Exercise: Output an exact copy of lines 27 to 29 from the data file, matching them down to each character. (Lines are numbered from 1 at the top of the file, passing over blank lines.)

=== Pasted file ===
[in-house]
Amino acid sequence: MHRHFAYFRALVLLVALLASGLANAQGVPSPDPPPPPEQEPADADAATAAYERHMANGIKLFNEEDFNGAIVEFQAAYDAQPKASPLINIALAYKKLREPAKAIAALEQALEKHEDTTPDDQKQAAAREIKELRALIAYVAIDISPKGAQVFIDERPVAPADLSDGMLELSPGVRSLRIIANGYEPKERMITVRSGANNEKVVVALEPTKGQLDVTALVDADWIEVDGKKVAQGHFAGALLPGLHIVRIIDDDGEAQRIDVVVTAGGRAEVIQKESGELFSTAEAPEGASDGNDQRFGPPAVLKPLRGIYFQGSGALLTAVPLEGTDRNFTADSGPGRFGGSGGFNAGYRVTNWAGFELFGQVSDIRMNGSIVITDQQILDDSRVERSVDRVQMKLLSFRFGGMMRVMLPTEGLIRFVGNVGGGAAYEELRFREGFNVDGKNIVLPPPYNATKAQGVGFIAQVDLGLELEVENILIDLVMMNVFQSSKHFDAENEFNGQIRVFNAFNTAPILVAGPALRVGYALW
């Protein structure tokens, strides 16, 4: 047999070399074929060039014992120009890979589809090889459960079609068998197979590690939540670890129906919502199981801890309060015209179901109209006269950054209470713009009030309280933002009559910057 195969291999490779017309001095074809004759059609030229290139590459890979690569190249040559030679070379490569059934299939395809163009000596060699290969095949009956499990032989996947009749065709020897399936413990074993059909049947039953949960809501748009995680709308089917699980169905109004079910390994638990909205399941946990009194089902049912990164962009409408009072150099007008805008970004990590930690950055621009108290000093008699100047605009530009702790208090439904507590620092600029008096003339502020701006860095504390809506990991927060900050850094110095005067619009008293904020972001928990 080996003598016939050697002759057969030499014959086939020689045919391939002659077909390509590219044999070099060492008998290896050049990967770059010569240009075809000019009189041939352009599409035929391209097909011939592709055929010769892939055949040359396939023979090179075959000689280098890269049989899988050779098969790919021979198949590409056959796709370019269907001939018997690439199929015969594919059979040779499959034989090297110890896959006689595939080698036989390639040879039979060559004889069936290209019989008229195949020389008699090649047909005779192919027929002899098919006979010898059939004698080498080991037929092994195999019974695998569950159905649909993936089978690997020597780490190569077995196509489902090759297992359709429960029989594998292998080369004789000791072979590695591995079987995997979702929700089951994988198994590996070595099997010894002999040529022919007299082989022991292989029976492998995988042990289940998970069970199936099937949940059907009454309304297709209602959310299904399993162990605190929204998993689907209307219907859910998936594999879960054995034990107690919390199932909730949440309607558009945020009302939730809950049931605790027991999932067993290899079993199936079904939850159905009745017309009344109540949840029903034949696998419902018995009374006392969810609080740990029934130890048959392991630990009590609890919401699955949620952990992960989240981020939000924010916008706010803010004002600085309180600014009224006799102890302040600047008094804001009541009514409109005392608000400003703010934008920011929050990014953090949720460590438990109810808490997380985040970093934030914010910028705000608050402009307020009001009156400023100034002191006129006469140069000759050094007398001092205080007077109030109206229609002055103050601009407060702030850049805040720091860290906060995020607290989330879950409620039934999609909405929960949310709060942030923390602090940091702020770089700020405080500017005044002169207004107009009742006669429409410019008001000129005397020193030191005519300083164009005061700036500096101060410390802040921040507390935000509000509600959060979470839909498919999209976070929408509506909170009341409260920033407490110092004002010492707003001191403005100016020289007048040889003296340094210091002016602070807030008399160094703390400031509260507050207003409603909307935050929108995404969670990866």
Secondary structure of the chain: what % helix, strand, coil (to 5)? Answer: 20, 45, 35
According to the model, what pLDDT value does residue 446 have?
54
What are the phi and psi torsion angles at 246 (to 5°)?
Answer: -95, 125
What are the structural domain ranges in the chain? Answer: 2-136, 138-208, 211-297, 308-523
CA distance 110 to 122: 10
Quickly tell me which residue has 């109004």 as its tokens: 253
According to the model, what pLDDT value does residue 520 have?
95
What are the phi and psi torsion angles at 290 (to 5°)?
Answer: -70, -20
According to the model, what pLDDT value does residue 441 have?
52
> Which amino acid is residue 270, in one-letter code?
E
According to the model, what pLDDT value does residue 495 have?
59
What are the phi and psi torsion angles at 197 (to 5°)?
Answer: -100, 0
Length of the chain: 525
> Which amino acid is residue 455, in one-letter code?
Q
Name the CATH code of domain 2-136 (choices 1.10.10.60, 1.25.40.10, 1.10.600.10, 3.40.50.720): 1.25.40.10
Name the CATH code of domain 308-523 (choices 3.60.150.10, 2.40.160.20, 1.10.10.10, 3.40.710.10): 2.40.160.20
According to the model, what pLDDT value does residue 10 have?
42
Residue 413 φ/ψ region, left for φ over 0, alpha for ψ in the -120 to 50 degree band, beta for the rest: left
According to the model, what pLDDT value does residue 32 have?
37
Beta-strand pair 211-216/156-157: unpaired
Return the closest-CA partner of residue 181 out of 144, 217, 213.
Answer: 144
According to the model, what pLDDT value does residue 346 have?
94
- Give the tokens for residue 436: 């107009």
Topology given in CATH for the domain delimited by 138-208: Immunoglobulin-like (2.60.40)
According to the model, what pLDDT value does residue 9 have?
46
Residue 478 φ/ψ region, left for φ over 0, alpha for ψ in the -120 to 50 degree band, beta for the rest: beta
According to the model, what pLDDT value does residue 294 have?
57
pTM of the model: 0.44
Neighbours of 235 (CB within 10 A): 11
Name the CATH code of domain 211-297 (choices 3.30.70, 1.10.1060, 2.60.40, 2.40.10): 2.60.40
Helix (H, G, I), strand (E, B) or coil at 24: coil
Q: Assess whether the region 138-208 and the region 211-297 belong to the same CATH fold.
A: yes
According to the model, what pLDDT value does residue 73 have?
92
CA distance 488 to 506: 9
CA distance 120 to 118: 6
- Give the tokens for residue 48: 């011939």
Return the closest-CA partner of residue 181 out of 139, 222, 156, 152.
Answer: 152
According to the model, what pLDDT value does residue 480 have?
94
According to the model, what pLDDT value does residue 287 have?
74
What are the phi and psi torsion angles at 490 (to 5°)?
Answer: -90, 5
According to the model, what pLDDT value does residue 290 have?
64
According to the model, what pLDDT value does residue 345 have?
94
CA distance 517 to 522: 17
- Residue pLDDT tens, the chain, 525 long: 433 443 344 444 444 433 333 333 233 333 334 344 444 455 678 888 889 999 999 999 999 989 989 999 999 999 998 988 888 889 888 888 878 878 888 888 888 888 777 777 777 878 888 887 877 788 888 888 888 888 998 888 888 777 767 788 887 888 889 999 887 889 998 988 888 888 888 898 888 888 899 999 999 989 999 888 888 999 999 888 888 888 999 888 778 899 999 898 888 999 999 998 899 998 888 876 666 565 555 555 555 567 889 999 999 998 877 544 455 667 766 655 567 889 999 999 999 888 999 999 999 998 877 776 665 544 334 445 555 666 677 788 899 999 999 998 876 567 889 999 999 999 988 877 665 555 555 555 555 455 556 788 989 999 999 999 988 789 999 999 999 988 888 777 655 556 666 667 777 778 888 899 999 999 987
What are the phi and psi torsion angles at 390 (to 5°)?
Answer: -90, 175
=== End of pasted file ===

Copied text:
Name the CATH code of domain 2-136 (choices 1.10.10.60, 1.25.40.10, 1.10.600.10, 3.40.50.720): 1.25.40.10
Name the CATH code of domain 308-523 (choices 3.60.150.10, 2.40.160.20, 1.10.10.10, 3.40.710.10): 2.40.160.20
According to the model, what pLDDT value does residue 10 have?